Last Saturday, a previously lost and wounded wild male tiger was successfully translocated from Nepal’s Chitwan National Park to Bardia National Park, a first for the Asian country.
The translocation of the satellite-collar fitted tiger was led by the government of Nepal with support from the World Wildlife Fund Nepal (WWF-Nepal). The recent effort helps Nepal get closer to its goal of doubling the tiger population by the next Chinese calendar ‘Year of the Tiger’ in 2022.
“This translocation—the first of its kind in Nepal—is a concrete example of our commitment to saving wild tigers using the best science available, including the application of cutting-edge technologies,” said Minister of Forest and Soil Conservation of Nepal, Deepak Bohara. “I am confident that by working together the global community can reach the goals we set ourselves at the recently concluded tiger summit to save tigers to benefit people, nations and nature.”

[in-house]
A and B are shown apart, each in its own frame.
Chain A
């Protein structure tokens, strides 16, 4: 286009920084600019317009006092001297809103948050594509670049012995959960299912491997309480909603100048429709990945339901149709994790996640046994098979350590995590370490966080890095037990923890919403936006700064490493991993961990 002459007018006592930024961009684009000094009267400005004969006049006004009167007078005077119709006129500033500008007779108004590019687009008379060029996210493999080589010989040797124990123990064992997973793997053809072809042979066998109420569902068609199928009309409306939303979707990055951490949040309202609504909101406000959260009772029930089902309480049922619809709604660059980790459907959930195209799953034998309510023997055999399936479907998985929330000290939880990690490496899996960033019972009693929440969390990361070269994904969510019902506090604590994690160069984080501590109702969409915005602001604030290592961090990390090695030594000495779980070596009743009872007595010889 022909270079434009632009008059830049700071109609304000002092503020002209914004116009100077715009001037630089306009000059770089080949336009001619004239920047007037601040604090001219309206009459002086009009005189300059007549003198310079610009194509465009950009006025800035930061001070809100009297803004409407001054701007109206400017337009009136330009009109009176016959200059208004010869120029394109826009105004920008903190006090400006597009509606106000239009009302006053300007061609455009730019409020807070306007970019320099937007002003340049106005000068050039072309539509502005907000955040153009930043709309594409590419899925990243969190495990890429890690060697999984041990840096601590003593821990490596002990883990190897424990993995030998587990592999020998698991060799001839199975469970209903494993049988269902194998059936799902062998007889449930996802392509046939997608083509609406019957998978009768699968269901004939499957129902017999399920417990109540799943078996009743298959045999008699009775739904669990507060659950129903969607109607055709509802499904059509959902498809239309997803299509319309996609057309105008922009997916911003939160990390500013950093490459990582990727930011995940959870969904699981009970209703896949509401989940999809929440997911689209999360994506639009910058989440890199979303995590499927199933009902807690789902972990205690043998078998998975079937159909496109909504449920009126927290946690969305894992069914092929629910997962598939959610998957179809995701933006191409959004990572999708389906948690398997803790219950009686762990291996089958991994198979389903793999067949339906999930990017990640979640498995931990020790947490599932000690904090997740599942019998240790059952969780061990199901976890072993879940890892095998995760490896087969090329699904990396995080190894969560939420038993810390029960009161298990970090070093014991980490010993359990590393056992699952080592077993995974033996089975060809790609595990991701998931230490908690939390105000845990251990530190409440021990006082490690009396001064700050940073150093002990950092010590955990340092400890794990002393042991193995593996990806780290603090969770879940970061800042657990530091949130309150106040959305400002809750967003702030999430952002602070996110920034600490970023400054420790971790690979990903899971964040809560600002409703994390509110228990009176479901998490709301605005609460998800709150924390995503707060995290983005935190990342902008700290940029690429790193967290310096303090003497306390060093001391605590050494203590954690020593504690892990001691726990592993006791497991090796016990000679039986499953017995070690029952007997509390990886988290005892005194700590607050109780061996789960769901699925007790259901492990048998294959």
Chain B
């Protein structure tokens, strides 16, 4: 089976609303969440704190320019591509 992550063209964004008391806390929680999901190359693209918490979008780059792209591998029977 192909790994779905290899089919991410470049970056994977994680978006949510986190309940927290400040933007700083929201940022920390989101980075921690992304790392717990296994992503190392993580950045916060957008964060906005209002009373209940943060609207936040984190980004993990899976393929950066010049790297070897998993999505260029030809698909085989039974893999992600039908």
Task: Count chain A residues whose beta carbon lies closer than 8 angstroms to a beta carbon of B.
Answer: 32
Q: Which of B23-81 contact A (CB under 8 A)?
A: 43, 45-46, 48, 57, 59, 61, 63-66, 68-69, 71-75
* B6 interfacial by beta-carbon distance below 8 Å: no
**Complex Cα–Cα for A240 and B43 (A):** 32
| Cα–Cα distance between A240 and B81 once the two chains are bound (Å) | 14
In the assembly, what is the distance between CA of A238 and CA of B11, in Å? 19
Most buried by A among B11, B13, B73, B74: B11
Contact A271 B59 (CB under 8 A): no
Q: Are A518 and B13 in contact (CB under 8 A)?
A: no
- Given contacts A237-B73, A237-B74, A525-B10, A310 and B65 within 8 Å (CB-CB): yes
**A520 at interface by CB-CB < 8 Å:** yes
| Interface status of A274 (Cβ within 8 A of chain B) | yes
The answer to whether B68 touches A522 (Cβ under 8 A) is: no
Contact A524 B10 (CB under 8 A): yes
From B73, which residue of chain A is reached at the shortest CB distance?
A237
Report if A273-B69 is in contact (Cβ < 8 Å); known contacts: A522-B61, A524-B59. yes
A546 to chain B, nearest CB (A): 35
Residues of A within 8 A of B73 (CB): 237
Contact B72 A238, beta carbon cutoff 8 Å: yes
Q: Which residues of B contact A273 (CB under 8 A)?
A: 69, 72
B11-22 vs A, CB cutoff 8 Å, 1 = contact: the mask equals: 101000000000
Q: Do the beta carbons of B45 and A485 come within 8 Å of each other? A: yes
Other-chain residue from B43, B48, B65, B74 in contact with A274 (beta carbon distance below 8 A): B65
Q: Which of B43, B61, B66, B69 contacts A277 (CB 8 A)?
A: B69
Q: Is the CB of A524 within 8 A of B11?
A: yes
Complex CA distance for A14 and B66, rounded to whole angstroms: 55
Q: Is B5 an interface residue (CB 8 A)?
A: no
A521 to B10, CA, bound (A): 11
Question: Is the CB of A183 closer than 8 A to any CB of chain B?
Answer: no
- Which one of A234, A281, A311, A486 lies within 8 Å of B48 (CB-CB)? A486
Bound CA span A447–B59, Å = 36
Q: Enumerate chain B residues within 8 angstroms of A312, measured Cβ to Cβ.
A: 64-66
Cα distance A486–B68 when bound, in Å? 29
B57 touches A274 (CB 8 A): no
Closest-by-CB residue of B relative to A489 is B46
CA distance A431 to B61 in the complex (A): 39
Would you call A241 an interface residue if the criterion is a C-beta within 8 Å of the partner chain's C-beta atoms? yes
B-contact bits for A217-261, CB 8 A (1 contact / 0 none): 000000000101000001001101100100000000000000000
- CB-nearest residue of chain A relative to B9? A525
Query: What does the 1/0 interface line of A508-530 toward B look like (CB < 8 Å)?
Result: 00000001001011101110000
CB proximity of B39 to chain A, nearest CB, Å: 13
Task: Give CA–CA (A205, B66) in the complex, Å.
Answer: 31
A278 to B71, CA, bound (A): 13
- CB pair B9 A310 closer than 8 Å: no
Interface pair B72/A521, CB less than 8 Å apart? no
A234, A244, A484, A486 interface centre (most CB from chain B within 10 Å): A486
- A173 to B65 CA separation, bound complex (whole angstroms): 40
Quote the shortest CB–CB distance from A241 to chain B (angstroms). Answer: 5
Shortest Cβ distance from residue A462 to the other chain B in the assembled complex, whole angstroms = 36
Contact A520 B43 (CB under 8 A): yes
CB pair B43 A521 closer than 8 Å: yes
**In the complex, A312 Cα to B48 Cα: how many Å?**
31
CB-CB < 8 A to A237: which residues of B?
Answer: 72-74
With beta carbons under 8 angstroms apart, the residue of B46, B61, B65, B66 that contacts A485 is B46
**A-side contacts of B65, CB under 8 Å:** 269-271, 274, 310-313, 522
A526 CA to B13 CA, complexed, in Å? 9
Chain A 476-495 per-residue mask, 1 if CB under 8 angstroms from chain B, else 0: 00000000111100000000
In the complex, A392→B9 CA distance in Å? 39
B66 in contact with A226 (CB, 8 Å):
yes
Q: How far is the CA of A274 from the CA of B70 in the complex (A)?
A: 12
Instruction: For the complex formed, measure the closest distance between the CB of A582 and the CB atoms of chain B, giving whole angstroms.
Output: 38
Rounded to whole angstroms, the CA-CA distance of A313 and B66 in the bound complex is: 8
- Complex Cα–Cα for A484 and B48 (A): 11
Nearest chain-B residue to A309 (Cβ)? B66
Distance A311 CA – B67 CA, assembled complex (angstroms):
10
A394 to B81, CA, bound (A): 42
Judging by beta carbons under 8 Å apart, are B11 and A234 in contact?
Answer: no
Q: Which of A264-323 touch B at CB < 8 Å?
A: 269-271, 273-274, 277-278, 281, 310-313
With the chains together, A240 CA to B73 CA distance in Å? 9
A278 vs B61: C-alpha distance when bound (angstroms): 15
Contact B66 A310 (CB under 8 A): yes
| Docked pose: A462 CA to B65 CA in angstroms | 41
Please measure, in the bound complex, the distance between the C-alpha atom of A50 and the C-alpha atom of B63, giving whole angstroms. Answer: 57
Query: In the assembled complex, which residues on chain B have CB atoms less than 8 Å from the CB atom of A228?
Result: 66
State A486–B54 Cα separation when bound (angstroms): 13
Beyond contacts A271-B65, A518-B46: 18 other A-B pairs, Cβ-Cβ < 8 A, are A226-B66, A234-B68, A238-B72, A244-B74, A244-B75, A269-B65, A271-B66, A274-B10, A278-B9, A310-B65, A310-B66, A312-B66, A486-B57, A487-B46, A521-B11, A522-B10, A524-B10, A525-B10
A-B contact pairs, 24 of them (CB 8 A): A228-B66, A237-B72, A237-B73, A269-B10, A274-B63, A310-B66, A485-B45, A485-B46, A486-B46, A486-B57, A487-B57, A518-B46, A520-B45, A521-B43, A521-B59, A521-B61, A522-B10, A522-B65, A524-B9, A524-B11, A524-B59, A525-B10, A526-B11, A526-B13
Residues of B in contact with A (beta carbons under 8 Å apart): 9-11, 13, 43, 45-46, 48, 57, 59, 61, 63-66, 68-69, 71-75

“WWF is pleased to have played a part in the pioneering tiger translocation led by the Government of Nepal,” said Anil Manandhar, WWF-Nepal’s Country Representative. “As a global conservation organization, we have been part of the Nepal’s evolving conservation landscape—from species protection to the successful Terai Arc Landscape—for over four decades, and remain committed to working together with our partners to help save nature for future generations."
Bardia National Park is located in the Babai valley, representing the Tiger Conservation Unit and is the home of two of the last known herds of wild Asian elephants.